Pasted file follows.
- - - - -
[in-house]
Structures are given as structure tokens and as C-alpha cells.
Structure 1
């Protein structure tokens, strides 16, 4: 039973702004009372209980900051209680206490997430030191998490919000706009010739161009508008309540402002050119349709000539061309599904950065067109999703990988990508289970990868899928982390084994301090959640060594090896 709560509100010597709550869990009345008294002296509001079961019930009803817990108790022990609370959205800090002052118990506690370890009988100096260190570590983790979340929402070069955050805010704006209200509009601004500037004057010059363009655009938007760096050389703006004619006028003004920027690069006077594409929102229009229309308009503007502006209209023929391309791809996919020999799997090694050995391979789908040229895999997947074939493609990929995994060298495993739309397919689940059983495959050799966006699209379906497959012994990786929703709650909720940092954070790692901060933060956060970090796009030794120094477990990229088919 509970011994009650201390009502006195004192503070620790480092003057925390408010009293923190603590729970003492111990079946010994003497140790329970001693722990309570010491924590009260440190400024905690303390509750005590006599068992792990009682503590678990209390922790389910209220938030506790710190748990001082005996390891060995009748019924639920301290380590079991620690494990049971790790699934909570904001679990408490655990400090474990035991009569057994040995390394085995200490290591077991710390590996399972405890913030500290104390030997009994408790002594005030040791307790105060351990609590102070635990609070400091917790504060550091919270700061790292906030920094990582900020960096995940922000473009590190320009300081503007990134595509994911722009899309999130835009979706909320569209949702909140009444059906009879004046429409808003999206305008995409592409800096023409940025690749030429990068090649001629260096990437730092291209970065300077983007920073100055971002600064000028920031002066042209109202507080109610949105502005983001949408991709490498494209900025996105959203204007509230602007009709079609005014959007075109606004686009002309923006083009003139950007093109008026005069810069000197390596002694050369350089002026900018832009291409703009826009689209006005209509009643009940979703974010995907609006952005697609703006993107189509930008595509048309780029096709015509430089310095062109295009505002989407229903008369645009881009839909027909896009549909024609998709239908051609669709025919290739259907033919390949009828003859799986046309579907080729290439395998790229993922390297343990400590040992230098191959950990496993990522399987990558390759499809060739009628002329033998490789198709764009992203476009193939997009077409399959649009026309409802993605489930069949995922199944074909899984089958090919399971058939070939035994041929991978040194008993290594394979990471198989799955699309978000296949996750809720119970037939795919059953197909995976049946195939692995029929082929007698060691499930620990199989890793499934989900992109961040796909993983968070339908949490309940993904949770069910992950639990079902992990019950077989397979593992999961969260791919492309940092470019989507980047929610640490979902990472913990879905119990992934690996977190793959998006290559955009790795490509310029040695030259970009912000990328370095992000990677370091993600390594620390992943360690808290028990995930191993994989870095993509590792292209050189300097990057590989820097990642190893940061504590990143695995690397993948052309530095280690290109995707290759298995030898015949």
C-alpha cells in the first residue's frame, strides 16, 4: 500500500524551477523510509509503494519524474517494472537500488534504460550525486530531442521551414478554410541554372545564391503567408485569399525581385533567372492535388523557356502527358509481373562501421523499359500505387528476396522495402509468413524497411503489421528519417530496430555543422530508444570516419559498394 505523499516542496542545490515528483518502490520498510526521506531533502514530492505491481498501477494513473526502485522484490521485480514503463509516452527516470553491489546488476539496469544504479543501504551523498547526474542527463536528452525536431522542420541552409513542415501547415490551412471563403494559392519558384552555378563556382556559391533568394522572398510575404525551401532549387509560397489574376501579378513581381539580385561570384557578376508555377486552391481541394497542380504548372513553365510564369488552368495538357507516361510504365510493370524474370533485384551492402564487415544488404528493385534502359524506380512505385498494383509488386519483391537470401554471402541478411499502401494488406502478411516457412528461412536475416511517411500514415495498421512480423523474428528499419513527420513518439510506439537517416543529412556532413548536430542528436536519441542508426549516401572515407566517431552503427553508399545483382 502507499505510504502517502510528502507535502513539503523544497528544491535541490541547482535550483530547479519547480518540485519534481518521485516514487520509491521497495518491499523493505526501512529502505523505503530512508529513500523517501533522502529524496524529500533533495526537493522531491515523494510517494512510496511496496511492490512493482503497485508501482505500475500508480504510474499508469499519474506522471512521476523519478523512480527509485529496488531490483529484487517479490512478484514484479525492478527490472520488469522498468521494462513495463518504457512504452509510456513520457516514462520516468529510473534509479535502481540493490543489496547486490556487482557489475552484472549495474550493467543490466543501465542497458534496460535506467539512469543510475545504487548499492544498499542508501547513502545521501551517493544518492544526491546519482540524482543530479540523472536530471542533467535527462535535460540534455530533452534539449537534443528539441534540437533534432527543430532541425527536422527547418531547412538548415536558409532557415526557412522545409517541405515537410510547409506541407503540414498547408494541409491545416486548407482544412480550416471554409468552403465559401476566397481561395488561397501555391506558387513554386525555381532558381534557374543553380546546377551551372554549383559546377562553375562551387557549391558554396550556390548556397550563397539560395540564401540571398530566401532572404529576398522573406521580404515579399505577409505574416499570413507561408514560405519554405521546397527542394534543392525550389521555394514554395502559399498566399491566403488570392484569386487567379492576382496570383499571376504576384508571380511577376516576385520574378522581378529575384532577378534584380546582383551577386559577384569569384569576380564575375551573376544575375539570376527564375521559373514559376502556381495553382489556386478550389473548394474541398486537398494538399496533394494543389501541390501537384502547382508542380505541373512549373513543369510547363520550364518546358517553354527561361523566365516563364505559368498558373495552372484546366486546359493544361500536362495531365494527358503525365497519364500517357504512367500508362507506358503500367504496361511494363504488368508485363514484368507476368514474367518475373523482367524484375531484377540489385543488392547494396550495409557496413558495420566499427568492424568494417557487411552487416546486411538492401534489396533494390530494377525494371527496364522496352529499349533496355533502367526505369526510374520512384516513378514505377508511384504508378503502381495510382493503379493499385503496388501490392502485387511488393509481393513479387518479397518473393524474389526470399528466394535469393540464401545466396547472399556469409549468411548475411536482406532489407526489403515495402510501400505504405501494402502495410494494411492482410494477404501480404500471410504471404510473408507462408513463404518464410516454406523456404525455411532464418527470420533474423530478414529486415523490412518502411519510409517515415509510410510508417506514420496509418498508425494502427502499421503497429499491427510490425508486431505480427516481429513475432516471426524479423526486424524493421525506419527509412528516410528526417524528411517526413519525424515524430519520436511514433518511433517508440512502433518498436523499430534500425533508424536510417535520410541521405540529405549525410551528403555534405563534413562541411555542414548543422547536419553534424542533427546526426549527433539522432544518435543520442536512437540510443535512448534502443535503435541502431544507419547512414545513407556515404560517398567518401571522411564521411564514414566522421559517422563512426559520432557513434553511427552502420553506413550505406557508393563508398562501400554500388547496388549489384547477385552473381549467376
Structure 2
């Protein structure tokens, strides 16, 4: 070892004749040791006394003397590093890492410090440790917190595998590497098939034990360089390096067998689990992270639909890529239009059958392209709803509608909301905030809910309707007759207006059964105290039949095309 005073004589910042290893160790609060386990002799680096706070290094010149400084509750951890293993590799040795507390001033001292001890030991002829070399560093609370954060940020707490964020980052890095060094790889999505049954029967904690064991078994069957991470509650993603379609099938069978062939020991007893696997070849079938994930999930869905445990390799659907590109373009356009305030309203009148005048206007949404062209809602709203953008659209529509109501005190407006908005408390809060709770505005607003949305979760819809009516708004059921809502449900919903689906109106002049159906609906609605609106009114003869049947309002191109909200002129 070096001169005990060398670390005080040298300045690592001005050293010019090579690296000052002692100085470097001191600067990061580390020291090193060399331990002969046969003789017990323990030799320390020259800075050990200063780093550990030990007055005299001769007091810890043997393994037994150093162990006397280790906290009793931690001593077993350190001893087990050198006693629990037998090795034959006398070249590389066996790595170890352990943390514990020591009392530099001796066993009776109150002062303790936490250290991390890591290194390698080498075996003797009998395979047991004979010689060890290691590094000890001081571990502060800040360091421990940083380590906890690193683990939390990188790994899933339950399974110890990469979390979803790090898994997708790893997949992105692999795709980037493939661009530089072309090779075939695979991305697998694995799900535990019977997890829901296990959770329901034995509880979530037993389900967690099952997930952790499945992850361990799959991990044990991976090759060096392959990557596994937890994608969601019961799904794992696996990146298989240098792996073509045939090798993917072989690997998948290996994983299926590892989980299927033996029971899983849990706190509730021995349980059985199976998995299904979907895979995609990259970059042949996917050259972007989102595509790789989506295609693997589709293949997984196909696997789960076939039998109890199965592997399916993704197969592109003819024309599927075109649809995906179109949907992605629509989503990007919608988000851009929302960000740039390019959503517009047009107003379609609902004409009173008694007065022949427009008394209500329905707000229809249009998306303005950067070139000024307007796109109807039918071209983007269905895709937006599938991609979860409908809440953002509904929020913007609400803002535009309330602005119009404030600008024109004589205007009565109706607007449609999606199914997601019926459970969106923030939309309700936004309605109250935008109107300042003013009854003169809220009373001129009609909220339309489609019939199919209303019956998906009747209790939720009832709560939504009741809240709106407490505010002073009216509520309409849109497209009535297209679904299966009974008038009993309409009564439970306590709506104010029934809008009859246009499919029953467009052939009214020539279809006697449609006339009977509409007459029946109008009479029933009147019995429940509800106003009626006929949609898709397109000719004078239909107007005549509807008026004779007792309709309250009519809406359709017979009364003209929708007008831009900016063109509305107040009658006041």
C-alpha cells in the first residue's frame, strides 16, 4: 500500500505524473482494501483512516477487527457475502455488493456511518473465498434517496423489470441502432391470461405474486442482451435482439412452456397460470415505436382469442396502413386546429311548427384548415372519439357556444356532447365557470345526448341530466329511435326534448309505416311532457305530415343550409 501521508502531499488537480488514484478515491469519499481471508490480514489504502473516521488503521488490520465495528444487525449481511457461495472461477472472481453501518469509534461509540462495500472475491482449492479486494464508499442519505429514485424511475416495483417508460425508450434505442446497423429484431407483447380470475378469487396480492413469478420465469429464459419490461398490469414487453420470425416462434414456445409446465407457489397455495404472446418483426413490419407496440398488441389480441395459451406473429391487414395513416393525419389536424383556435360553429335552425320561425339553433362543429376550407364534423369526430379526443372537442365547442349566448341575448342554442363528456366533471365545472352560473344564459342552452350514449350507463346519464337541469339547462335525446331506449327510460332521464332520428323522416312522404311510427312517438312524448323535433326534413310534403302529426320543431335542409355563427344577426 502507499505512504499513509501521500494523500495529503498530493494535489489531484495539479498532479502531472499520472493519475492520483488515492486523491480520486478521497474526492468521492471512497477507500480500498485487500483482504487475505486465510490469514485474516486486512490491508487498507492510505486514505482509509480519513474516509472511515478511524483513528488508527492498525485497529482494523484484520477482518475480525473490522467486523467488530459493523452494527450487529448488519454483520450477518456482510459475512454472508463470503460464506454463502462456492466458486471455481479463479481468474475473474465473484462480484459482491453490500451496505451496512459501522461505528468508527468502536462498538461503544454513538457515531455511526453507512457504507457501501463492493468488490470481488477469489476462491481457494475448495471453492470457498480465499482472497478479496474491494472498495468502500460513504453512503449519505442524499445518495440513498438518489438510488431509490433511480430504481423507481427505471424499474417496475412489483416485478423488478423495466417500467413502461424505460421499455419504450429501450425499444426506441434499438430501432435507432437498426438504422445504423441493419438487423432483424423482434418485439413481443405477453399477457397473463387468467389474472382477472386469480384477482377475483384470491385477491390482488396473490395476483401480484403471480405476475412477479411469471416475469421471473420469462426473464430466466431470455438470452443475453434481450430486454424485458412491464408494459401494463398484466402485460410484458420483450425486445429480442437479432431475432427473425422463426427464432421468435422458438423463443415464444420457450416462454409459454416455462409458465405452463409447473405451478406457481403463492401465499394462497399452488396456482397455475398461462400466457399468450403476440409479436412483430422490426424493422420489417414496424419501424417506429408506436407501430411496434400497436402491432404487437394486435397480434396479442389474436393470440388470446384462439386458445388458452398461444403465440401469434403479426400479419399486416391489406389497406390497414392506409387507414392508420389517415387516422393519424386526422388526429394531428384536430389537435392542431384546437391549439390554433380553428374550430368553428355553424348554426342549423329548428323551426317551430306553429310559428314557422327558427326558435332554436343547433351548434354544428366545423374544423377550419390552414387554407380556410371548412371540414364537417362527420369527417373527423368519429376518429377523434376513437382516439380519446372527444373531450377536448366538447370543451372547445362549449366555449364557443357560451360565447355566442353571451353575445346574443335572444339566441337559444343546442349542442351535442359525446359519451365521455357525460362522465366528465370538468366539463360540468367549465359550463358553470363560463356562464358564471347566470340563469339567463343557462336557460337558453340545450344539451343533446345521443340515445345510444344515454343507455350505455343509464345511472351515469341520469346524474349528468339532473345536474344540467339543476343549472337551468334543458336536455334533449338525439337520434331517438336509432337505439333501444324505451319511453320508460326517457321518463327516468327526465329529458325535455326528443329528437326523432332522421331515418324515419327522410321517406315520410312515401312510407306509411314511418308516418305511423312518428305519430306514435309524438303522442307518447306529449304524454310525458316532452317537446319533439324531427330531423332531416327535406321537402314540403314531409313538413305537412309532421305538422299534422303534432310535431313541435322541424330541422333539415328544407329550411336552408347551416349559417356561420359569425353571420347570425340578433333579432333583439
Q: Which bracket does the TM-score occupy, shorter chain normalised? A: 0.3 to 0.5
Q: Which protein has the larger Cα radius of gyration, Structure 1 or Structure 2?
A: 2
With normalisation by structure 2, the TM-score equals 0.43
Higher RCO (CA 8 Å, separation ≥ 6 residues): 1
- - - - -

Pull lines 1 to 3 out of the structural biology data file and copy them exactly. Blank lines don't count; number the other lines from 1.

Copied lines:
[in-house]
Structures are given as structure tokens and as C-alpha cells.
Structure 1